unearth the ethnographic sources within the African American community in order to
reconstruct knowledge and overcome subordination. And, finally, womanist theology seeks to
decolonize the African mind and to affirm our African heritage.
Womanist theology engages the macro-structural and the micro-structural issues that
affect black women's lives and, since it is a theology of complete inclusivity, the lives
of all black people. The freedom of black women entails the liberation of all peoples,
since womanist theology concerns notions of gender, race, class, heterosexism, and
ecology. Furthermore, it takes seriously the historical and current contributions of our
African forebears and women in the African diaspora today. It advances a bold leadership
style that creates fresh discursive and practical paradigms and "talks back"
(hooks 1988) to structures, white feminists, and black male liberation theologians.
Moreover, womanist theology asserts what black women's unique experiences mean in relation
to God and creation and survival in the world. Thus the tasks of womanist theology are to
claim history, to declare authority for ourselves, our men, and our children, to learn
from the experience of our forebears, to admit shortcomings and errors, and to improve our
quality of life.
Womanist theology assumes a liberatory perspective so that African American women can
live emboldened lives within the African American community and within the larger society.
Such a new social relationship includes adequate food, shelter, clothing -- and minds
which are free from worries so that there can be space for creative modalities.
Womanist theology draws on sources that range from traditional church doctrines,
African American fiction and poetry, nineteenth-century black women leaders, poor and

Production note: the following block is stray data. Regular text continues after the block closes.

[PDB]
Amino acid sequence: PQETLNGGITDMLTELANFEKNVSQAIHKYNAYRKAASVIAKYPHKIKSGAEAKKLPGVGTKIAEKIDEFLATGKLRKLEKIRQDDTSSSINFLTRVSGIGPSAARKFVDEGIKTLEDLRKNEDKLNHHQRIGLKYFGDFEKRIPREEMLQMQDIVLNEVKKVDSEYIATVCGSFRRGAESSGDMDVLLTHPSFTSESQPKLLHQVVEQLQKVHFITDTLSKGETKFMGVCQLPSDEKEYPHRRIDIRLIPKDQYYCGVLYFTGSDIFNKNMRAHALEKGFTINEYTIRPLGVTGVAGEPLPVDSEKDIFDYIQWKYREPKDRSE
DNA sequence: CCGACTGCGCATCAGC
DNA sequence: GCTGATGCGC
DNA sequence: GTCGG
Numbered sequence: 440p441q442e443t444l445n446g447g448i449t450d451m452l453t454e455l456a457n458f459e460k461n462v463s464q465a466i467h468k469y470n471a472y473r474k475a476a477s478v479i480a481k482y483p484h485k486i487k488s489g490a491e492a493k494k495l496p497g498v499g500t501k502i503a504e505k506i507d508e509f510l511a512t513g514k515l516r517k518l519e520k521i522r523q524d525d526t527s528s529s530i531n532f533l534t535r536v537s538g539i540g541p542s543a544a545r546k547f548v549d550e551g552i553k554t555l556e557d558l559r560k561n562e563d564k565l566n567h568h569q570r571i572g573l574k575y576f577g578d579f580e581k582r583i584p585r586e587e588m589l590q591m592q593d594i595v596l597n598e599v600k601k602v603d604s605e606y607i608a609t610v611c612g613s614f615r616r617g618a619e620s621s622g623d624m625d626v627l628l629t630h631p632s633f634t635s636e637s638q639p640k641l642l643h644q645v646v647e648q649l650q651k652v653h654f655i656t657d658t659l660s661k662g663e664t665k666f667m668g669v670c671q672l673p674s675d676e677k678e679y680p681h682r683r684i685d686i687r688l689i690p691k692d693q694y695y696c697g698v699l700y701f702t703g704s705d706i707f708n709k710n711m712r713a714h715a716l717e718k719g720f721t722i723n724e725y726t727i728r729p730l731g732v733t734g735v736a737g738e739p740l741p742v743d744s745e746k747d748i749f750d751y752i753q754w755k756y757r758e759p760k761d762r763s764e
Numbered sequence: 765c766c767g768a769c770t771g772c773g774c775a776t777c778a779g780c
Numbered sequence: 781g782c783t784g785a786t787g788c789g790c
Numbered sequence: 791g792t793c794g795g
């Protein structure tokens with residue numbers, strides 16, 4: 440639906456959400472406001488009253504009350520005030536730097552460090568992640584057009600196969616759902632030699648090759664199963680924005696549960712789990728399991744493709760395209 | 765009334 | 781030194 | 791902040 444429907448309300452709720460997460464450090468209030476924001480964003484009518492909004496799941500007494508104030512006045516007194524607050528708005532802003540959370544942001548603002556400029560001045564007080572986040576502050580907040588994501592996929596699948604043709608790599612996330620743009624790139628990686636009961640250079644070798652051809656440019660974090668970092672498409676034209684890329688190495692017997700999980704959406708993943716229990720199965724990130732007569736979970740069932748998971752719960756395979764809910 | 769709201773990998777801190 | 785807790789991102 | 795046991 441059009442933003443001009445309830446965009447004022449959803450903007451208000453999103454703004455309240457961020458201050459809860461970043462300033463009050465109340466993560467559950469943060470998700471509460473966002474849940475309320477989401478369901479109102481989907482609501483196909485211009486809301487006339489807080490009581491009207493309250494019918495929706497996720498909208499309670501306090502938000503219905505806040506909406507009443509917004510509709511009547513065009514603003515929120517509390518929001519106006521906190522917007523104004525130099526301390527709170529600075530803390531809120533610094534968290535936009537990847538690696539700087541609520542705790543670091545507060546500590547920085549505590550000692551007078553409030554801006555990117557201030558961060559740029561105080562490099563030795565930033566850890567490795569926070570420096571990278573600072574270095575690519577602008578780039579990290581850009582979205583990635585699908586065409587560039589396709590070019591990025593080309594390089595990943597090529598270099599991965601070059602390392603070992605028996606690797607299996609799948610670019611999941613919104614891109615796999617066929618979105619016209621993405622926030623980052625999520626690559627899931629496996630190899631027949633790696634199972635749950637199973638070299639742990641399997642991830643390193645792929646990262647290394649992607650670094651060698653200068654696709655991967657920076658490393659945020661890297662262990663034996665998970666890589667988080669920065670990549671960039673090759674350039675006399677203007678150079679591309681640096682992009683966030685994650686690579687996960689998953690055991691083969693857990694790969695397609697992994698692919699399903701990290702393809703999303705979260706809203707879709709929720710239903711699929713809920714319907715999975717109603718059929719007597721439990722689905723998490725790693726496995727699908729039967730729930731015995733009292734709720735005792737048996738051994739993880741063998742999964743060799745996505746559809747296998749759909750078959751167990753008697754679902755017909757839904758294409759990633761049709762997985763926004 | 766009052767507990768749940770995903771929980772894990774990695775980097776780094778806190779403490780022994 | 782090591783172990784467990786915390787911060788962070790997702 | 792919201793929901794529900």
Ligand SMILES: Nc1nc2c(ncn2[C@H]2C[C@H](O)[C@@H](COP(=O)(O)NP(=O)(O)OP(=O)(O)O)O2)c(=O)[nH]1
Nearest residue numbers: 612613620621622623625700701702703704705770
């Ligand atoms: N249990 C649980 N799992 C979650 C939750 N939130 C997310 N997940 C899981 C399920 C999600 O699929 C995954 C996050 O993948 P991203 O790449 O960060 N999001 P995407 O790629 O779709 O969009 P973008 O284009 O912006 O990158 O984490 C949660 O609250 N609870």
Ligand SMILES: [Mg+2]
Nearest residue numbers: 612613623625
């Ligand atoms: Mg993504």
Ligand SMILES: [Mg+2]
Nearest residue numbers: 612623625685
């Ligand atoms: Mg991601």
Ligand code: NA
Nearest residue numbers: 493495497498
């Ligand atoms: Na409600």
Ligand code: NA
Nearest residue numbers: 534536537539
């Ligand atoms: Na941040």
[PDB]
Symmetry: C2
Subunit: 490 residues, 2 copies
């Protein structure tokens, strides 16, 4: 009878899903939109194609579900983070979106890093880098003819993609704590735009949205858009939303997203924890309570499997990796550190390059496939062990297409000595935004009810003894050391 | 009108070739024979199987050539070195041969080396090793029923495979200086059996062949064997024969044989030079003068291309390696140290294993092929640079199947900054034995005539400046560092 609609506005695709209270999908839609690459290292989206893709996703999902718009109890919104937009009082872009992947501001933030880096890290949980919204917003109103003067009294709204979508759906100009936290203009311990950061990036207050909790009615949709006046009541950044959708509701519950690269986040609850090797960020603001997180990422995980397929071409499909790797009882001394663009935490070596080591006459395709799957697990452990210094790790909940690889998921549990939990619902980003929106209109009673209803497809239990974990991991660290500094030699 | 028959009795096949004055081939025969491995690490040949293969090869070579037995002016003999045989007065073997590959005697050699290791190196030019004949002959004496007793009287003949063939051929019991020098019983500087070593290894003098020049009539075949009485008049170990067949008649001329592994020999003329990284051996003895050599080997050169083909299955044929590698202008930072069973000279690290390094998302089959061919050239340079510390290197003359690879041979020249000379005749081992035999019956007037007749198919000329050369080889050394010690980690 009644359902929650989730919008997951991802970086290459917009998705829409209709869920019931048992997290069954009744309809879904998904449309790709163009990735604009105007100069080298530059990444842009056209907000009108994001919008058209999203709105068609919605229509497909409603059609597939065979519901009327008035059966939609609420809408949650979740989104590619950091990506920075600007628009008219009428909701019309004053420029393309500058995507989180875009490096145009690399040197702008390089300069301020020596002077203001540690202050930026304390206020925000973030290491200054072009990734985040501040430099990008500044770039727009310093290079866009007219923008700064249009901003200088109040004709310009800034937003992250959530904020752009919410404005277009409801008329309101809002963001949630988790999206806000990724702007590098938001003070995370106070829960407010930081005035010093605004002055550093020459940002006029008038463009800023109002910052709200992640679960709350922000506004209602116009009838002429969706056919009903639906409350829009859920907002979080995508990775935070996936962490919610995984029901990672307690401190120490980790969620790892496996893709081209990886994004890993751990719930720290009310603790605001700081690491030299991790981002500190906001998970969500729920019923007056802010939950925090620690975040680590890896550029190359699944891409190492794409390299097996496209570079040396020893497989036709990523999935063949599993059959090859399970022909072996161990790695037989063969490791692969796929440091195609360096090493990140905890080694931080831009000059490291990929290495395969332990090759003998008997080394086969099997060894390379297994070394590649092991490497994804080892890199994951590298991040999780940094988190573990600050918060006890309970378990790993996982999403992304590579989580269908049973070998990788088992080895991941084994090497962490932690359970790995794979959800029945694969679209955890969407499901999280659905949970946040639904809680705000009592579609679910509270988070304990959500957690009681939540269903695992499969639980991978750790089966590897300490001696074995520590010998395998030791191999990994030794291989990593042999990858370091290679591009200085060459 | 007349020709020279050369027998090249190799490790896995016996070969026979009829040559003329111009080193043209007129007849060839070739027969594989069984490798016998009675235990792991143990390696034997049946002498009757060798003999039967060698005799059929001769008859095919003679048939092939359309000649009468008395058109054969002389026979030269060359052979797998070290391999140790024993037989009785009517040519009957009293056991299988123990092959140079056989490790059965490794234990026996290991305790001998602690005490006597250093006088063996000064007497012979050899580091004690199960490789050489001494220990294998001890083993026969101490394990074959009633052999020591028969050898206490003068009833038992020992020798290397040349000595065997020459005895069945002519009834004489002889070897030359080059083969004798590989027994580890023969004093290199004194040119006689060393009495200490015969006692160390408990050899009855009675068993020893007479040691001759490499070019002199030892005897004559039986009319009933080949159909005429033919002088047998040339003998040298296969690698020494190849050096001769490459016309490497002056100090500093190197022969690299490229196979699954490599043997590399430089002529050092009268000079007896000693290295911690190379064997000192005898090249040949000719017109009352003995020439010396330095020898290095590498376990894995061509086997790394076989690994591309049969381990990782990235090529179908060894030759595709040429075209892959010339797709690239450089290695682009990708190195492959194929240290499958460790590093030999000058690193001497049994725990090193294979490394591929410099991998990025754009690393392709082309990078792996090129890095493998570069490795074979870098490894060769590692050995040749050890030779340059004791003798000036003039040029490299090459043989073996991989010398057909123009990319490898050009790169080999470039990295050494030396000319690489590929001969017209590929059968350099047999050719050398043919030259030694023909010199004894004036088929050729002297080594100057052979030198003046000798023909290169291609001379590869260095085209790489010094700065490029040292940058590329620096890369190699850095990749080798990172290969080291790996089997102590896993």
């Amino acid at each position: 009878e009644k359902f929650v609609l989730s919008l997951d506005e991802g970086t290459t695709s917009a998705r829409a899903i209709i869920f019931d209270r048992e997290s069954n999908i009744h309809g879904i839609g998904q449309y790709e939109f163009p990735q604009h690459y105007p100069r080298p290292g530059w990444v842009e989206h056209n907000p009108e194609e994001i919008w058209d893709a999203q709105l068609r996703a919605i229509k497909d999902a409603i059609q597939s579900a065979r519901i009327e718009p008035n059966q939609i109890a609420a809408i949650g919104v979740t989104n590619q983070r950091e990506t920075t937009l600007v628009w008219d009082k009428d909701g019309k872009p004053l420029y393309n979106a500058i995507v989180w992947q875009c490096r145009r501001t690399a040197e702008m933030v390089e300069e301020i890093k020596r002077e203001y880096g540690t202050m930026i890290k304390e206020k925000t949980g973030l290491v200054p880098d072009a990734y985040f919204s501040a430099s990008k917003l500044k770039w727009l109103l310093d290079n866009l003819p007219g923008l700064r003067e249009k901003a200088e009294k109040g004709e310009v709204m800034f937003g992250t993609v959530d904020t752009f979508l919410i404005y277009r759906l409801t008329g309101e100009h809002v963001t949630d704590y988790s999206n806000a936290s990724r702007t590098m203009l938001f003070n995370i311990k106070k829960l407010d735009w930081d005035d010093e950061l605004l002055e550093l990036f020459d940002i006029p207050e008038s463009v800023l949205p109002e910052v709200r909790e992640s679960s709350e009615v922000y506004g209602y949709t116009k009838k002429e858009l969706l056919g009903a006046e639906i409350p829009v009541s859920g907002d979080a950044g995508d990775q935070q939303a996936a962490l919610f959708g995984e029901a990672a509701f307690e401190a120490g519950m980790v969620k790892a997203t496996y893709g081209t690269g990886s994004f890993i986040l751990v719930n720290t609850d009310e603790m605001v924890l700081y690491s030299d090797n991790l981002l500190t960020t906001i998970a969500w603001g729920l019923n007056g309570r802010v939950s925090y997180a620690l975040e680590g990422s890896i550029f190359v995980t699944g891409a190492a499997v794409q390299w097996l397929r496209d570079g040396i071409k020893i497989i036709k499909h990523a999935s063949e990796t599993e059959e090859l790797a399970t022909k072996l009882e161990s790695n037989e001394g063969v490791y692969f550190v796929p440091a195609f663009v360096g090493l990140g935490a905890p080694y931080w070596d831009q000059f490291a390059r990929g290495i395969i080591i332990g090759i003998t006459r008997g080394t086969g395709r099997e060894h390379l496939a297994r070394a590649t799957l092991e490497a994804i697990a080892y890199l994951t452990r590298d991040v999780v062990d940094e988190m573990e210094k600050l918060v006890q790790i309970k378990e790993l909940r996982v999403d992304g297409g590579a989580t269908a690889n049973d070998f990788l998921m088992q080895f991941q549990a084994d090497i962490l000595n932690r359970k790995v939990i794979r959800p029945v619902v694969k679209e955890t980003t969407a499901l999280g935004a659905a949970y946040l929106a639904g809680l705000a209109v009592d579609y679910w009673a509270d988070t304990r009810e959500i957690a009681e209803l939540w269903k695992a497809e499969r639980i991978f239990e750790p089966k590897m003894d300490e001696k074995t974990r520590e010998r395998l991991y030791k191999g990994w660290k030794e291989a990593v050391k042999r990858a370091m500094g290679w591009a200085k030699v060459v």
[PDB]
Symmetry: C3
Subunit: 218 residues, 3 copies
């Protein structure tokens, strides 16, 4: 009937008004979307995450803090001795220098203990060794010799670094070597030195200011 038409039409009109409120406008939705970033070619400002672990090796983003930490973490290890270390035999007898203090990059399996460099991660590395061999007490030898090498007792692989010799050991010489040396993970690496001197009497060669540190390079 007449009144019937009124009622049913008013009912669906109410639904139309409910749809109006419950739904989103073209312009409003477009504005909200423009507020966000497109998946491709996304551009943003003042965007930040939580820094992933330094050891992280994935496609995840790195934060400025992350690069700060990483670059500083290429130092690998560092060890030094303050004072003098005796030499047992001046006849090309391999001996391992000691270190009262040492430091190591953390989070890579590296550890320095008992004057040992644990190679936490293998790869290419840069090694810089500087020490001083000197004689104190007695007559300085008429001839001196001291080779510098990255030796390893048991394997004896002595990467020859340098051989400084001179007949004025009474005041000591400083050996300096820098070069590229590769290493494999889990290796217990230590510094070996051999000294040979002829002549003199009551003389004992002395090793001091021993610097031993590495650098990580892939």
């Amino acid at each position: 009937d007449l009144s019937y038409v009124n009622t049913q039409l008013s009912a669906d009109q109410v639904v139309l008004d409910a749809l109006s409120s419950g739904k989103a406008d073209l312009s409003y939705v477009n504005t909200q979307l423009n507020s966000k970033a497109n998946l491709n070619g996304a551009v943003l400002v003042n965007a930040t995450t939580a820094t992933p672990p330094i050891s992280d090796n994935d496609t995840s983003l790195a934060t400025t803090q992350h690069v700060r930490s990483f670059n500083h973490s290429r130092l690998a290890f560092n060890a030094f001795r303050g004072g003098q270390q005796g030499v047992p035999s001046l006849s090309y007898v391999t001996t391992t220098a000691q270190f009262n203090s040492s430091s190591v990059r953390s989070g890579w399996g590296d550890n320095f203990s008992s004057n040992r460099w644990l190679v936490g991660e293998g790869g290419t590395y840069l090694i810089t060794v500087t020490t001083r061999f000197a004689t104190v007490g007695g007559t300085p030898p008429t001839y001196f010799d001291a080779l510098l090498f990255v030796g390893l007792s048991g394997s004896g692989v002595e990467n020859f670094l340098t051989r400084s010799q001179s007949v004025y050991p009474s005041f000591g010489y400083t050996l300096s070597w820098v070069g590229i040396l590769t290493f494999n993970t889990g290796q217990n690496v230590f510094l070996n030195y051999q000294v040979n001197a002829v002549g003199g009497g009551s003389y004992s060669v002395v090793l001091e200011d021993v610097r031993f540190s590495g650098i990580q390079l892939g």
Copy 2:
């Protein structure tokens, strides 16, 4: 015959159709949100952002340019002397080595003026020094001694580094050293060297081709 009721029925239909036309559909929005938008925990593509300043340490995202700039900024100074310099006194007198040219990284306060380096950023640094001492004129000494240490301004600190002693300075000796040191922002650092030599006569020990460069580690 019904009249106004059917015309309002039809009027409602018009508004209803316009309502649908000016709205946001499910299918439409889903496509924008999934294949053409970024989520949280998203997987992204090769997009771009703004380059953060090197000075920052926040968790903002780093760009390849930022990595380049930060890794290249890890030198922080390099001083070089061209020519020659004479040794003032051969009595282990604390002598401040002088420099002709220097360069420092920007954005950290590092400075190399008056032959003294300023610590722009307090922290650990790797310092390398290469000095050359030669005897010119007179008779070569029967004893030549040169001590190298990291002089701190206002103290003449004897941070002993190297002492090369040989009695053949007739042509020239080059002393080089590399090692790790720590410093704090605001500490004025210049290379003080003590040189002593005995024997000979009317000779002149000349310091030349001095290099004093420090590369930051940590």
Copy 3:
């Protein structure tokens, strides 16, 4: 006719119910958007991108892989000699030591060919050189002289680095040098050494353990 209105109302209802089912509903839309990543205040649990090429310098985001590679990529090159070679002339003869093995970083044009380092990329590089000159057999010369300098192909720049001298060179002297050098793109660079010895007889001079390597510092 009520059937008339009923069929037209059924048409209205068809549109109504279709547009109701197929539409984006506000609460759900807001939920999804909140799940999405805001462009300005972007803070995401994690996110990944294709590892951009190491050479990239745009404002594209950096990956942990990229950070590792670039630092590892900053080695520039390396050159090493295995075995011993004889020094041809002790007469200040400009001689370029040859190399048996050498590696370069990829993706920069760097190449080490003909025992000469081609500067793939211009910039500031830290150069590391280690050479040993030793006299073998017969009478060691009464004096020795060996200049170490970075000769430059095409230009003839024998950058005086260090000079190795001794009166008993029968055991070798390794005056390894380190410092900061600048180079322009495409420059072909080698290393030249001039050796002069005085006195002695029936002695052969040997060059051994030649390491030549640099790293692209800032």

working class black women in holiness churches, and African American women under slavery.
In addition, other vital sources include the personal narratives of black women suffering
domestic violence and psychological trauma, the empowering dimensions of conjuring and
syncretic black religiosity, and womanist ethnographic approaches to excavating the life
stories of poor women of African descent in the church.
Womanist theology, moreover, grasps the crucial connection between African American
women and the plight, survival, and struggle of women of color throughout the world.
Womanist theology intentionally pursues and engages the cultural contexts of women who are
part of the African diaspora, for instance. To enhance the dialogical networking among
women of color all over the globe, the methodology of anthropology, a key discipline
within the social sciences, aids womanist theology in this engagement. Anthropological
methodology encourages womanist religious scholars to embrace the cultural, symbolic, and
ritual diversity dispersed throughout the religious lives of women of color on
Womanist theology takes seriously the importance of understanding the
"languages" of black women. There are a variety of discourses deployed by